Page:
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What a difference three days make

Dear Fellow worker,

Have you ever wondered why the resurrection took place specifically on “the third day”? In 1 Corinthians 15:3,4 Paul states that he delivered to the Corinthians “first” that “Christ died for our sins according to the Scriptures, and that He was buried, and that He rose again the third day according to the Scriptures
Although the Greek word translated “first” in this verse can indicate nothing more than “first” in a chronological sequence it often means much more than that, which is why a number of English Bible translations render it as “of first importance”. That being so, Paul’s statement raises two important questions: first, where does it say in the Tanakh that Messiah would rise on “the third day” and, secondly, why should “the third day” be of “first importance”?

In answer to the first question, Jesus’ statement in Matthew 12:40 might spring to mind: “As Jonah was three days and three nights in the belly of the great fish, so will the Son of Man be three days and three nights in the heart of the earth”. However, when Paul “reasoned” from the Scriptures with the Corinthian Jews (Acts 18:4), it may well be that one of the main texts he had in mind was Hosea 6:1-2. At the end of Hosea 5, God threatened a terrifying judgement on his people because of their unfaithfulness: “I will be like a lion to Ephraim, and like a young lion to the house of Judah. I, even I, will tear them and go away; I will take them away, and no one shall rescue.” Immediately following this prediction of judgement, chapter six begins: “Come, and let us return to the LORD; for He has torn, but He will heal us; He has stricken, but He will bind us up. After two days He will revive us; on the third day He will raise us up, that we may live in His sight.”

But how does that relate to the resurrection of the Messiah? First of all it sets resurrection in a framework of three days but, more than that, when we read the Gospels we see in the life of Jesus a kind of replay of Israel’s history. For example, like Israel, Jesus was God’s “firstborn” and as Israel was called out of Egypt, so was Jesus. As the Israelites were tested in the wilderness for forty years, Jesus was tested in the desert for forty days.

Israel was “torn” and “stricken” but Isaiah assures them (63:9) that “in all their affliction He was afflicted” and that “the Angel of His Presence saved them”. In the events surrounding the cross, Israel’s Saviour was “stricken” for their transgressions (Isaiah 53:8). Little wonder then that the cross was of “first importance” in Paul’s preaching but what is so significant about the third day?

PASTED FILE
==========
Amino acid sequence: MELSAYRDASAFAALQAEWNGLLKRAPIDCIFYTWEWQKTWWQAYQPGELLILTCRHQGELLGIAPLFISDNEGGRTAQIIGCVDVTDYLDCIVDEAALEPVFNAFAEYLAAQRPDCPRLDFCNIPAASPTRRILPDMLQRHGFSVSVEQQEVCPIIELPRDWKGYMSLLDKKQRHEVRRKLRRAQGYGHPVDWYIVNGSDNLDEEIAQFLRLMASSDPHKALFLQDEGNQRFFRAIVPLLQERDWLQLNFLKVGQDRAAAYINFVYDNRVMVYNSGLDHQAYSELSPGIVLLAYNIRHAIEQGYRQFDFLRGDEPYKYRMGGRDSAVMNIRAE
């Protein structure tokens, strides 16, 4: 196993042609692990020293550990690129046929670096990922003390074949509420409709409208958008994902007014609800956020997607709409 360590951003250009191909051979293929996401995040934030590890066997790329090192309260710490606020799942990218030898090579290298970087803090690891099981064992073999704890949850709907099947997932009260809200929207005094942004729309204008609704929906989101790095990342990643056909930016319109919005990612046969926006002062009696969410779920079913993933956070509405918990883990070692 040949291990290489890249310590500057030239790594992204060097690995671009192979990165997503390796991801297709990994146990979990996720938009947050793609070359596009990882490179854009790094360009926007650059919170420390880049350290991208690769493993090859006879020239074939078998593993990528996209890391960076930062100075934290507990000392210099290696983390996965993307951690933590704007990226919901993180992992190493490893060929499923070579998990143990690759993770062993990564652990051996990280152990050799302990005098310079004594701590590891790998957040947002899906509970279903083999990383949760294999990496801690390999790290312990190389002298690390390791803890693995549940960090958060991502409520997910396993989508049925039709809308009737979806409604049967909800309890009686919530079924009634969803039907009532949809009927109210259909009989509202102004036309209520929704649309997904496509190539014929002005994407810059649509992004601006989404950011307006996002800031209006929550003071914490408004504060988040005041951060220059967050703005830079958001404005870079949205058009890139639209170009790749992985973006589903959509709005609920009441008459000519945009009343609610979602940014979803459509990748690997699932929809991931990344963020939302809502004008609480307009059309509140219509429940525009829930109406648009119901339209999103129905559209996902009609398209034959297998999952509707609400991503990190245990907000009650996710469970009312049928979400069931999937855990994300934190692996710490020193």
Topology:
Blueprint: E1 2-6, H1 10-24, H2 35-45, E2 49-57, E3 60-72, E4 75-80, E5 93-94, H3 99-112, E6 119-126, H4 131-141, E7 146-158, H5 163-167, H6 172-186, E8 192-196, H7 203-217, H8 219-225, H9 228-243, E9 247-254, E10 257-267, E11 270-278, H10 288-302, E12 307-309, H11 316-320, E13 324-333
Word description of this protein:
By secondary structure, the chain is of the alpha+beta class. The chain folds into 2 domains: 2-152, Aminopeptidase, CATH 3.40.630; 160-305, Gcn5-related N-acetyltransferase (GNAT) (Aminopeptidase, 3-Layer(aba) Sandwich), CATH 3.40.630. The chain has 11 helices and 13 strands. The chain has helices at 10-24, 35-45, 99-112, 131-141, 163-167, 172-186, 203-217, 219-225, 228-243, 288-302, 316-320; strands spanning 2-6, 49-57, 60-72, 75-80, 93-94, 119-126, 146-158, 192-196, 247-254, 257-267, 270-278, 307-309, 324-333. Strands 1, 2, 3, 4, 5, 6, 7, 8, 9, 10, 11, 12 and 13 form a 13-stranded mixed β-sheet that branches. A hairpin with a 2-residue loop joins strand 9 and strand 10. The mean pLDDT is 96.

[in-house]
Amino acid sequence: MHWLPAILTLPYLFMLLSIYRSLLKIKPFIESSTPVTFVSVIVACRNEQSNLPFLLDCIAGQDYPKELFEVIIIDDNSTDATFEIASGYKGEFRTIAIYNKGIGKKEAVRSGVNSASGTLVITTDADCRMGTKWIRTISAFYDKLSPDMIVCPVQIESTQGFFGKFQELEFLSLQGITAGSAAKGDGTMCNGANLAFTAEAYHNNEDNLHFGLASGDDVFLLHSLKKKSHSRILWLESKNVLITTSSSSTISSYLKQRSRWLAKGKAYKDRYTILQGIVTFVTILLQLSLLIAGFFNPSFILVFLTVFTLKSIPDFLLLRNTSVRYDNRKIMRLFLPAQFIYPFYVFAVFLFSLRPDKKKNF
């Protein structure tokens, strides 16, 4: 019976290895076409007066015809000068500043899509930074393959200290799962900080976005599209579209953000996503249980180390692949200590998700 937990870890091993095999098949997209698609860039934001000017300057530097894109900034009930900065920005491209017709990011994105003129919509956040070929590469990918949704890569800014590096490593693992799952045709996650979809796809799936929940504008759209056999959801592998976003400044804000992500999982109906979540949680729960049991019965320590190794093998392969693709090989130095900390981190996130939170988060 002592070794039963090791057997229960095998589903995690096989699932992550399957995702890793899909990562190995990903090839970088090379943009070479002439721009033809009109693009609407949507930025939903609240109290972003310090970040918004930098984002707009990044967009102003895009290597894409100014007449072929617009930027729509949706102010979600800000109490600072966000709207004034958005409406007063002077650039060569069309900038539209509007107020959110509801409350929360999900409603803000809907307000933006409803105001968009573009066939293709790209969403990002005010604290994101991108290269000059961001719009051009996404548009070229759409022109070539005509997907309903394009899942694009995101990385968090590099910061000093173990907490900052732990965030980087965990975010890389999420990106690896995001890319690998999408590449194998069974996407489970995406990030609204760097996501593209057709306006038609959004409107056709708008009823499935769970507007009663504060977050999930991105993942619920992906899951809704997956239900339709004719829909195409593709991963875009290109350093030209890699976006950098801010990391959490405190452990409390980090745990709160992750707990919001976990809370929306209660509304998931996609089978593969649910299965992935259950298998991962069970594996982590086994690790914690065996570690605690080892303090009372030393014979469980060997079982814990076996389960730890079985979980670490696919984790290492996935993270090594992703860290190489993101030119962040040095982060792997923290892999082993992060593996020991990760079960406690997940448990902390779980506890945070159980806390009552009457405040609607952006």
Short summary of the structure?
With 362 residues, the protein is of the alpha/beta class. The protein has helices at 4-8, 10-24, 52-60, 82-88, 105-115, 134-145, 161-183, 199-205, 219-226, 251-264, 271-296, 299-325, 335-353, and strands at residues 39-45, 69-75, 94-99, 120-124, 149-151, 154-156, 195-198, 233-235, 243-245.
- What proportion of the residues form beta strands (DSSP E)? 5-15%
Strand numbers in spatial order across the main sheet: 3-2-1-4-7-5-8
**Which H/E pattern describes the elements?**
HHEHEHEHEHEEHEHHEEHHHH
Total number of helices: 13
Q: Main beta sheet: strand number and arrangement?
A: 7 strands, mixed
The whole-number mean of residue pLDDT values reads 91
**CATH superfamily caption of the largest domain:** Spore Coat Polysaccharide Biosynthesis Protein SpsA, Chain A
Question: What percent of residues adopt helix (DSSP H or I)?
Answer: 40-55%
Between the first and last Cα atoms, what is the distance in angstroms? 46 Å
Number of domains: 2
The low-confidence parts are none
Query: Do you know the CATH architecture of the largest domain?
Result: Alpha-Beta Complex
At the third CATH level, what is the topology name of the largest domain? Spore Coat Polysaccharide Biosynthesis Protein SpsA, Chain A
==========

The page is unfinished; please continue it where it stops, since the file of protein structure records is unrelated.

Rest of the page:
The answer, I think, is to be found in the Fourth Gospel. John’s account of the life of the Messiah commences with the opening words of the Greek version of Genesis, En archee, “In the beginning…” and explains that “the Word” which created the world in Genesis 1 was the Son of God. According to John, the final word spoken by the Son, after he completed his earthly work was Tetelestai! “It is finished!” (19:30) the Greek word used in Genesis 2:1-2 when God “finished” his creative work.

Just as the Word “finished” the creation of the heaven and earth in six days and then rested, so also, he “finished” his new creation toward the end of the sixth day. He then rested on the Sabbath day and rose from the dead on the first day of a new week as “the second Adam”, the head of God’s new creation.

This must surely be why Paul emphasises “the third day”. The Lord came into the world to recreate the cosmos, to give new birth to his people and bestow on them new and abundant life, and he did it within a framework reminiscent of the way in which he brought the first creation into being. Messiah’s resurrection after the Sabbath, at the commencement of a new week, announced a new creation, a new beginning for his people Israel.

Israel’s hope is inextricably bound up with Messiah’s rising from the dead, and their resurrection is through his resurrection. When Israel returns to their God through the Messiah who was “stricken” for their transgressions (Isaiah 53:8), he will “revive” them that they may “live in His sight”.

Little wonder then that this was of “first importance” in Paul’s preaching to the Jewish people, and it must always be at the forefront of our own proclamation.

Yours for the salvation of Israel,

Mike Moore

This article appeared in the Spring 2008 issue of the Herald


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